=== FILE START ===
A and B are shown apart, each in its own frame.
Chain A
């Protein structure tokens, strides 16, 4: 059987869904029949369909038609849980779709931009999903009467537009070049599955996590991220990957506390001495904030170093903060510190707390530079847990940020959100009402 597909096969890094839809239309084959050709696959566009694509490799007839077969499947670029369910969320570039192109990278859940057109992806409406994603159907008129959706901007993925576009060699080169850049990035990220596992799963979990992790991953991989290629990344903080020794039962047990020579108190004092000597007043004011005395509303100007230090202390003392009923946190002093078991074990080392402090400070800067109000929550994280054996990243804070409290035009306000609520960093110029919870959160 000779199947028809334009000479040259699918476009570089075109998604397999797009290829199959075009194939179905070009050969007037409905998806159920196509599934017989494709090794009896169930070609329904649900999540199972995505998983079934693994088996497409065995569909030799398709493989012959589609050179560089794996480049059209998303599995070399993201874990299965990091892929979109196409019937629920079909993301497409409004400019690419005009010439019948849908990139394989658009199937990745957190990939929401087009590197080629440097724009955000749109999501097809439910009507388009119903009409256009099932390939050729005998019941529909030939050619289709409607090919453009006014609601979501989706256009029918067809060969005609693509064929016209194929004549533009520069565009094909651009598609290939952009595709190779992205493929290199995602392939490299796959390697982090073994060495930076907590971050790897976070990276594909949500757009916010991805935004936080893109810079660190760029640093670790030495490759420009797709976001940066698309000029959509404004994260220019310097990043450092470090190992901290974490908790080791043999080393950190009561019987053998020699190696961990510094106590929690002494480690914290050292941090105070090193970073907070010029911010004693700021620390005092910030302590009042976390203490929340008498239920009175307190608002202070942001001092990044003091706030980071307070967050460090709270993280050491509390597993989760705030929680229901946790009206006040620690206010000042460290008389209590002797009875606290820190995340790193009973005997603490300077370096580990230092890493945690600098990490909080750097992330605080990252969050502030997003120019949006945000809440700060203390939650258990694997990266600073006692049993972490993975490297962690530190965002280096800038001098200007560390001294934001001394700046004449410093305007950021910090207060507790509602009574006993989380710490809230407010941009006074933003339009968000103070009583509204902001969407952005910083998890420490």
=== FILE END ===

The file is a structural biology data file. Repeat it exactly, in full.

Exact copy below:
A and B are shown apart, each in its own frame.
Chain A
């Protein structure tokens, strides 16, 4: 059987869904029949369909038609849980779709931009999903009467537009070049599955996590991220990957506390001495904030170093903060510190707390530079847990940020959100009402 597909096969890094839809239309084959050709696959566009694509490799007839077969499947670029369910969320570039192109990278859940057109992806409406994603159907008129959706901007993925576009060699080169850049990035990220596992799963979990992790991953991989290629990344903080020794039962047990020579108190004092000597007043004011005395509303100007230090202390003392009923946190002093078991074990080392402090400070800067109000929550994280054996990243804070409290035009306000609520960093110029919870959160 000779199947028809334009000479040259699918476009570089075109998604397999797009290829199959075009194939179905070009050969007037409905998806159920196509599934017989494709090794009896169930070609329904649900999540199972995505998983079934693994088996497409065995569909030799398709493989012959589609050179560089794996480049059209998303599995070399993201874990299965990091892929979109196409019937629920079909993301497409409004400019690419005009010439019948849908990139394989658009199937990745957190990939929401087009590197080629440097724009955000749109999501097809439910009507388009119903009409256009099932390939050729005998019941529909030939050619289709409607090919453009006014609601979501989706256009029918067809060969005609693509064929016209194929004549533009520069565009094909651009598609290939952009595709190779992205493929290199995602392939490299796959390697982090073994060495930076907590971050790897976070990276594909949500757009916010991805935004936080893109810079660190760029640093670790030495490759420009797709976001940066698309000029959509404004994260220019310097990043450092470090190992901290974490908790080791043999080393950190009561019987053998020699190696961990510094106590929690002494480690914290050292941090105070090193970073907070010029911010004693700021620390005092910030302590009042976390203490929340008498239920009175307190608002202070942001001092990044003091706030980071307070967050460090709270993280050491509390597993989760705030929680229901946790009206006040620690206010000042460290008389209590002797009875606290820190995340790193009973005997603490300077370096580990230092890493945690600098990490909080750097992330605080990252969050502030997003120019949006945000809440700060203390939650258990694997990266600073006692049993972490993975490297962690530190965002280096800038001098200007560390001294934001001394700046004449410093305007950021910090207060507790509602009574006993989380710490809230407010941009006074933003339009968000103070009583509204902001969407952005910083998890420490």